Had a meeting with the Minister of Environment and we were able to share our research. We were privileged to meet the Minister himself, and was able to talk a little about his concerns on current environmental issues.
There was a lot to witness here. We took a boat along the river and were hijacked by smaller boats, not that I minded too much. Our original boat was a bit sluggish and somehow managed to steer its way too close to shore. Anywho, we were separated into two small boats, with the most of the girls in one boat and most of the boys in the other. We were brought to an area where we could see live alligators and huge catfish. We even witnessed a little girl wearing a snake as a scarf super nonchalantly, on a separate boat that just happened to pass by. It was all so bizarre to me but definitely made for some fun memories I won’t forget. Honestly, it was all pretty darn cool.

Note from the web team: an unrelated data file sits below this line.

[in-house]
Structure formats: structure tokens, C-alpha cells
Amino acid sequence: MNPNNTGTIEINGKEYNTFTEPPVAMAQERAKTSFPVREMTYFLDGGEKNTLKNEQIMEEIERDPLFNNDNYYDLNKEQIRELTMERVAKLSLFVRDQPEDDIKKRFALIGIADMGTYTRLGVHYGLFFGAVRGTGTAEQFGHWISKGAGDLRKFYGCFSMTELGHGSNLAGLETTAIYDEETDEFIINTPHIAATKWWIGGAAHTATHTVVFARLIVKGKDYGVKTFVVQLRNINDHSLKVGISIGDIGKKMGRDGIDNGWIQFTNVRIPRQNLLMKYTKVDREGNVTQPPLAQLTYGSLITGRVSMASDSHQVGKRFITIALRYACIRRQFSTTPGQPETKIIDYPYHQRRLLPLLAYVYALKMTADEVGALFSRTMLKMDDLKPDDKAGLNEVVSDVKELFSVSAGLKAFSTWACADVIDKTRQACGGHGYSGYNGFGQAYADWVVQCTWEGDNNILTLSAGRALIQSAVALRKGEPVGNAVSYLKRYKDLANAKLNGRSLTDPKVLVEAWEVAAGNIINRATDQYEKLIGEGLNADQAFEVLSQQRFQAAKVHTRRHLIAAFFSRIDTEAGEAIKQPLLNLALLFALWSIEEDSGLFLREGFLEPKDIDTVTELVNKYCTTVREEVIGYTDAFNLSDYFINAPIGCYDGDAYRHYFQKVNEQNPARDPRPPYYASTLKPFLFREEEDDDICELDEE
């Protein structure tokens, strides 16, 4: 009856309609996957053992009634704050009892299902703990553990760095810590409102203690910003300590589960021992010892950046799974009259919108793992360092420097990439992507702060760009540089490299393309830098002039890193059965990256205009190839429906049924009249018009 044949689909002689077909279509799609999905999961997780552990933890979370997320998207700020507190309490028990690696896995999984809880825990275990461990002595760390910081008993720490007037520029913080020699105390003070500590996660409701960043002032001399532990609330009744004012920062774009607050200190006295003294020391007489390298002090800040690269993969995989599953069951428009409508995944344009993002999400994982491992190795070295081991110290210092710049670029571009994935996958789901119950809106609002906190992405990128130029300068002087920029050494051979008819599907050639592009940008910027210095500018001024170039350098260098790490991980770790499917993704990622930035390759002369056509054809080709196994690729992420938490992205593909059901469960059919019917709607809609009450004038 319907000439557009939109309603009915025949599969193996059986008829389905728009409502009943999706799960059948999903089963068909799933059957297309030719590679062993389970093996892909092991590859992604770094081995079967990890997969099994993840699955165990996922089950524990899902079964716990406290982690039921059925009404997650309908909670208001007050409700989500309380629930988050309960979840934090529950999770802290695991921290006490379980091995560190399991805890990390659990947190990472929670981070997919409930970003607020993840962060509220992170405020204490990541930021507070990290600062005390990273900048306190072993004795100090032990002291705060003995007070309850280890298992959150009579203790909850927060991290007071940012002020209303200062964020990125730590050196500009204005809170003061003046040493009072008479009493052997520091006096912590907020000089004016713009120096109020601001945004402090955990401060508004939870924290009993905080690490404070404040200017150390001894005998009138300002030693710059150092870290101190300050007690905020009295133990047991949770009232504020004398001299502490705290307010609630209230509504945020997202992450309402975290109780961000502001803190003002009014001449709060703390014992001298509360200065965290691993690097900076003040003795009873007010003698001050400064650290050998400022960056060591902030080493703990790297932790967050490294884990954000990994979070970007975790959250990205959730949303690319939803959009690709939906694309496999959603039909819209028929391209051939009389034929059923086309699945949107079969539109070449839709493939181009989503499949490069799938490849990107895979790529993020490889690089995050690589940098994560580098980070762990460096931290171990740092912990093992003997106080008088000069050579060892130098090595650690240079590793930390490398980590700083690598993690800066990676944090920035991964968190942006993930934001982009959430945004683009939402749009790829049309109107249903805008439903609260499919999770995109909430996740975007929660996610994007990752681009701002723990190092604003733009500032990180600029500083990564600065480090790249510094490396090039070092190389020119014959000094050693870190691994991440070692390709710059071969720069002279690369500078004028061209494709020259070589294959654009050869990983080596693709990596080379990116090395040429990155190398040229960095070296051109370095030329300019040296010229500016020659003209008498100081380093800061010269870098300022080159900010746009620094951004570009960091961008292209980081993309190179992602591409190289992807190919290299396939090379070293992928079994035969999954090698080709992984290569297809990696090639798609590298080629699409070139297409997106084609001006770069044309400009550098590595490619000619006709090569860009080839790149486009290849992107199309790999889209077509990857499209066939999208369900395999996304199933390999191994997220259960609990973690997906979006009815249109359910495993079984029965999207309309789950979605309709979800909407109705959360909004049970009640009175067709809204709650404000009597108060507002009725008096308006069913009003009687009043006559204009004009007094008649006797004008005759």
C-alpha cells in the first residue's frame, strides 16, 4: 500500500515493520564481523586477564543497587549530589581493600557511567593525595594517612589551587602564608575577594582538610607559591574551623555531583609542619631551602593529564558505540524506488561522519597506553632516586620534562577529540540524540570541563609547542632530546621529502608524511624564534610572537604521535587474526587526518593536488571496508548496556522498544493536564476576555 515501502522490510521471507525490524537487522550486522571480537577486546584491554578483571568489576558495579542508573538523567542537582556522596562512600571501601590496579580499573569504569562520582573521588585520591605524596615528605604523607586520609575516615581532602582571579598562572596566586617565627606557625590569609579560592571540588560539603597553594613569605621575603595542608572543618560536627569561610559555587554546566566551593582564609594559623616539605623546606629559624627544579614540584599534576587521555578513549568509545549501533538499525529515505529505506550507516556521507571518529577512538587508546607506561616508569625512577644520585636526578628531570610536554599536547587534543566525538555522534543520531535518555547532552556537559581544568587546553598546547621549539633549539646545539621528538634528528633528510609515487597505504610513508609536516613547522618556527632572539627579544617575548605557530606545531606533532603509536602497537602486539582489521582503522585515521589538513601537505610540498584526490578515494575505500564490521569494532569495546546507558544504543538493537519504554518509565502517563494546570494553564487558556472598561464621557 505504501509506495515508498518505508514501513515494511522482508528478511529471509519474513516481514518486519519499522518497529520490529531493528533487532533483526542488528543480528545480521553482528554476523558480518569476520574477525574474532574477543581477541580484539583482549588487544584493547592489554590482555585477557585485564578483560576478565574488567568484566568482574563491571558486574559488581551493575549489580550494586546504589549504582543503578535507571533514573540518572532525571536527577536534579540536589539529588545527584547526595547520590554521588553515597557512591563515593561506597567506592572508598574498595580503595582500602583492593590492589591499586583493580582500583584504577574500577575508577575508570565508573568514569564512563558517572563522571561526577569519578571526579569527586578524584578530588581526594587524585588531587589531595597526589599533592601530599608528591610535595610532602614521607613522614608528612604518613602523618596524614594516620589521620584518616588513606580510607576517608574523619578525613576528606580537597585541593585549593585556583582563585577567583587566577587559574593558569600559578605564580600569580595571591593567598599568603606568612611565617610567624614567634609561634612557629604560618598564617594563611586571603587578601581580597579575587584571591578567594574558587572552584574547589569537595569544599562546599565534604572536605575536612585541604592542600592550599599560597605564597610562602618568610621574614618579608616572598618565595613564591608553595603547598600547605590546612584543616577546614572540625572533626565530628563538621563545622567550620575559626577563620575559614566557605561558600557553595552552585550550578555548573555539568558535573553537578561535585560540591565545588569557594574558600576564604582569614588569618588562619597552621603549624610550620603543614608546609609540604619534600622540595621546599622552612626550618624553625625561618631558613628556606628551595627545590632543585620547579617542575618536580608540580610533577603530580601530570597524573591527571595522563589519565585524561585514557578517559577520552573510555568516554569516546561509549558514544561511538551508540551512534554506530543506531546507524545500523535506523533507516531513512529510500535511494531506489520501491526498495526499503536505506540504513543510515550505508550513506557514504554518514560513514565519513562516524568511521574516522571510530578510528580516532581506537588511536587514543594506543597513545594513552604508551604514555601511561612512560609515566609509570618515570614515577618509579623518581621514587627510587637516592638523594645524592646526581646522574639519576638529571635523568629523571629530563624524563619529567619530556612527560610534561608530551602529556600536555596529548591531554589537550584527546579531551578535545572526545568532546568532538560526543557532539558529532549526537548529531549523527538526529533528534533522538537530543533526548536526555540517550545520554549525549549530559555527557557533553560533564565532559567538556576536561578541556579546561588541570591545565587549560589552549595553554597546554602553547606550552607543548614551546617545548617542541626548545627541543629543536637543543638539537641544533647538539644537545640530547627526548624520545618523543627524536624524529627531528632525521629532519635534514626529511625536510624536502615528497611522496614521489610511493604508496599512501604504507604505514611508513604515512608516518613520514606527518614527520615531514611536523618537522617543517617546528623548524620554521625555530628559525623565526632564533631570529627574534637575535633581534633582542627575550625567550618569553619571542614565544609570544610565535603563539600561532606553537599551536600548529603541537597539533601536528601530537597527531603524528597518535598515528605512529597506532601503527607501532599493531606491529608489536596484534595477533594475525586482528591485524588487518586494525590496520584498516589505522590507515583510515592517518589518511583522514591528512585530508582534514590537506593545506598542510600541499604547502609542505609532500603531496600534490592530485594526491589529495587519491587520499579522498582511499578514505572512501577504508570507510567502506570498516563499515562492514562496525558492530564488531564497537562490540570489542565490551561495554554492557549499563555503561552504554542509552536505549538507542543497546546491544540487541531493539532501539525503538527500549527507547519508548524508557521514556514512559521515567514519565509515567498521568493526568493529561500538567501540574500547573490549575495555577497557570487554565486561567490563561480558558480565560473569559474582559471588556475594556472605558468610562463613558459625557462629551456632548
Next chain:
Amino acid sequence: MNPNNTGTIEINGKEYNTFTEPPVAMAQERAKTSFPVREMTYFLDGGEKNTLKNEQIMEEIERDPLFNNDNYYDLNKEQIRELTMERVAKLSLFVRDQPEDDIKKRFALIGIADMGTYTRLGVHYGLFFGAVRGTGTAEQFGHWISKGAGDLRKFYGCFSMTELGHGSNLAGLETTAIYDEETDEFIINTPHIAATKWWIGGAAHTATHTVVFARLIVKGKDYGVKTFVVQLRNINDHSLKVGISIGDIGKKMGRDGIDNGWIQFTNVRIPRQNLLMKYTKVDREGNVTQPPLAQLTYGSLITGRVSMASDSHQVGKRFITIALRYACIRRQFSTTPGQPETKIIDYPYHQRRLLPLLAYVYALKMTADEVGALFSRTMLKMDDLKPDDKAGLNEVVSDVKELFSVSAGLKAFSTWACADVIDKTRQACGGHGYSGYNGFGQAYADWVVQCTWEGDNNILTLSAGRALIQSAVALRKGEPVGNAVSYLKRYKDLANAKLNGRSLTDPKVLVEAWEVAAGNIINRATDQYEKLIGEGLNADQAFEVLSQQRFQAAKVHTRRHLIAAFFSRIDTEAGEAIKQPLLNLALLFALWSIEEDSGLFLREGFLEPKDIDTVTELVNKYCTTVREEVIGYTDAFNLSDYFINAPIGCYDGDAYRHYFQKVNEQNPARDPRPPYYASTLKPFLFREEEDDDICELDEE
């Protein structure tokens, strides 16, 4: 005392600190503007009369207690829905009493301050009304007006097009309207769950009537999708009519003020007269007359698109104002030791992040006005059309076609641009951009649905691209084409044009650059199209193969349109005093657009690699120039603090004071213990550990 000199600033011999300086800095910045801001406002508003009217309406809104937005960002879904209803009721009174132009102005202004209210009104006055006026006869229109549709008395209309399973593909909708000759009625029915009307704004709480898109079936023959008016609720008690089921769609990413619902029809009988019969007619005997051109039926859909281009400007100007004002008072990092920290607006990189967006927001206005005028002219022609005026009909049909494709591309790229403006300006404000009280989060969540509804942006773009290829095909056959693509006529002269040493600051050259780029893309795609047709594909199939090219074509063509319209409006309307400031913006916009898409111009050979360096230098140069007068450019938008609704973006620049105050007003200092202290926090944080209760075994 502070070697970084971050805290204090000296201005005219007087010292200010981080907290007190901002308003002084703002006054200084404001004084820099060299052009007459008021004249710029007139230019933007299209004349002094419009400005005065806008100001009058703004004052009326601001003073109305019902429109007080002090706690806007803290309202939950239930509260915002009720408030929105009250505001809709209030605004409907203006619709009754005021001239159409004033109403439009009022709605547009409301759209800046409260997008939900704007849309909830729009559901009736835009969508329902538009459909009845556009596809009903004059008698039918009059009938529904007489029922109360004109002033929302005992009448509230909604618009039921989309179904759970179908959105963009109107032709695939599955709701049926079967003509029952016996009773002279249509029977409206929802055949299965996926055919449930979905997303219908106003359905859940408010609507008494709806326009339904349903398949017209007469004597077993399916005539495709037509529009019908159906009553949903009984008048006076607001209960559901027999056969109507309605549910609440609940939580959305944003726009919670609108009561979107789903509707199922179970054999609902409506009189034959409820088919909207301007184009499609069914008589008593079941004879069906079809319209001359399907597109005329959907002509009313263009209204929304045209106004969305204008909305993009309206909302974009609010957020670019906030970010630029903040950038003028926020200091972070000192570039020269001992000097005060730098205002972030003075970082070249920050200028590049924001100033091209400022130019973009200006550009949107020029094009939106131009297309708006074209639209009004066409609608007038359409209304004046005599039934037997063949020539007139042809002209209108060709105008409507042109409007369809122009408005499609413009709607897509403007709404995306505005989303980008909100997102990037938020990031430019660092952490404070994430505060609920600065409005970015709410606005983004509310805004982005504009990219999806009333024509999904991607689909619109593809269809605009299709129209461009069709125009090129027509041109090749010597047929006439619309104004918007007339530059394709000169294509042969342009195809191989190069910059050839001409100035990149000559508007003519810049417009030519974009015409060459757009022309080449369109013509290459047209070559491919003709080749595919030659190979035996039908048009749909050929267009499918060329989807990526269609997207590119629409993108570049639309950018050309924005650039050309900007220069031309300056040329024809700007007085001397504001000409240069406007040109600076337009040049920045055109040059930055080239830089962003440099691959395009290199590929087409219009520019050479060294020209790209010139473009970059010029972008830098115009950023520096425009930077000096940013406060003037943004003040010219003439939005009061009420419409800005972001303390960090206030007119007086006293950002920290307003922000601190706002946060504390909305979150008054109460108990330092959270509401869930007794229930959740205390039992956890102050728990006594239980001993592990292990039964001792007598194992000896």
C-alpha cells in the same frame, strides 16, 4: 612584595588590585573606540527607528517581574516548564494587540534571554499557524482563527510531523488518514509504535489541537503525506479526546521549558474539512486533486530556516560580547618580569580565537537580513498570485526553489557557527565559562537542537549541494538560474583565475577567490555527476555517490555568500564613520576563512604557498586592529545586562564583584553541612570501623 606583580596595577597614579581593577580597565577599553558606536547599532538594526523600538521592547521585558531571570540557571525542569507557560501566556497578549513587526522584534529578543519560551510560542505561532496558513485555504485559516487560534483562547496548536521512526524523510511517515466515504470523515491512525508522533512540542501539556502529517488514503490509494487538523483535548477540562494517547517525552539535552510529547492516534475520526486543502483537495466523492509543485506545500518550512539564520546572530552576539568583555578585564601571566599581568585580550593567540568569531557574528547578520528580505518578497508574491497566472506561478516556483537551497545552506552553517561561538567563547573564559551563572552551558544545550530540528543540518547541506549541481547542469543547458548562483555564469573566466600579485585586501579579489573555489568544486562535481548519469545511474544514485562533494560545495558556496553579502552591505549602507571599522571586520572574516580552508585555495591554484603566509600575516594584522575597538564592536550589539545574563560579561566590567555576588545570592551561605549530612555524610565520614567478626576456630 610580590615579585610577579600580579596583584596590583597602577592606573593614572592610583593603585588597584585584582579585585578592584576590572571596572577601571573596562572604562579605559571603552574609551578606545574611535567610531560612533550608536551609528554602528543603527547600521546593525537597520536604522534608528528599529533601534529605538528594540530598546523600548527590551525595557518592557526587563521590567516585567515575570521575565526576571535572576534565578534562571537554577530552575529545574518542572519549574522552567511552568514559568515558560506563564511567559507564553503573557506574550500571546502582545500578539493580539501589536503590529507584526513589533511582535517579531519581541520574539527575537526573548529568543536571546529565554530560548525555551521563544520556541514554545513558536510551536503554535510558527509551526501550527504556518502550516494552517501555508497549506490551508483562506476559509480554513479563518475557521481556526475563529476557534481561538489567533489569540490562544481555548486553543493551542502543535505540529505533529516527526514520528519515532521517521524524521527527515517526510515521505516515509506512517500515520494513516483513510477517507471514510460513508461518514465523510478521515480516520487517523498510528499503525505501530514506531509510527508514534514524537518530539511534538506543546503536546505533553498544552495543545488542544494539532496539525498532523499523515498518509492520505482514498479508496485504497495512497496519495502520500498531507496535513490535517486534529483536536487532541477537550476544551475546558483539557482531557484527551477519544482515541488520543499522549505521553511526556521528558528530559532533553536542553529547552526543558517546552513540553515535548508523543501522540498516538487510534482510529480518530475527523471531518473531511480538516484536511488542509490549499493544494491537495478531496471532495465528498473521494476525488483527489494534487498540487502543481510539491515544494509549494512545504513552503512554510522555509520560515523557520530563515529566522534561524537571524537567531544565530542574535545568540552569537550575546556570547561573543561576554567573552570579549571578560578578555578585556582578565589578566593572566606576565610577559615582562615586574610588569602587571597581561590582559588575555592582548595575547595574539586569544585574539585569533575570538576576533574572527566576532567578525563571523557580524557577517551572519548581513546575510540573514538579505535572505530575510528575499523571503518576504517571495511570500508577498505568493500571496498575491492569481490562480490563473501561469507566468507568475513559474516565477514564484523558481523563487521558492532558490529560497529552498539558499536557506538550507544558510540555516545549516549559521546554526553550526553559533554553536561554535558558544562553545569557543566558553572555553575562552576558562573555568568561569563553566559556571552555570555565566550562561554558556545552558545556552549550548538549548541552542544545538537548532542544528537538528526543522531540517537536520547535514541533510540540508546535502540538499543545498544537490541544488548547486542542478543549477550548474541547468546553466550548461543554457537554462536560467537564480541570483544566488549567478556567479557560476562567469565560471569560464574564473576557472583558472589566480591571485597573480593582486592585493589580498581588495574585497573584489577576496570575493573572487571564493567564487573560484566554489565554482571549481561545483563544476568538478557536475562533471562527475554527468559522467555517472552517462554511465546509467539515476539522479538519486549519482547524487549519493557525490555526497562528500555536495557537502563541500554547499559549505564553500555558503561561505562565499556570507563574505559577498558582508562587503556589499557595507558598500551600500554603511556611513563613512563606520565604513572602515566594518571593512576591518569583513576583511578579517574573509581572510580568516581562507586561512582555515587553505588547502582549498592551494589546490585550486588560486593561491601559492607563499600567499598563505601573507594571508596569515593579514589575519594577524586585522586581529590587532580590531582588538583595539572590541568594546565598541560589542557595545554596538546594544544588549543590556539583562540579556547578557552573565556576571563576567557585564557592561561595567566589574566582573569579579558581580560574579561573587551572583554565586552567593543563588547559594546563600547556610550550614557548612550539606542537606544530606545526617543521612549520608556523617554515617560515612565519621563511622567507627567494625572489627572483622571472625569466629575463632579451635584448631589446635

And on an unrelated note, I tried my first cricket that day. It was crunchy. More than one was eaten. No regrets.
One of my favorite nights in Siem Reap was when there was a world music day festival held on Pub Street. During this event, they had the children that live in poverty, go up on stage and sing with the musicians. What I loved most was seeing how happy the children were just singing and dancing. Although they don’t have much in their life, they appreciated the little things like dancing on the streets.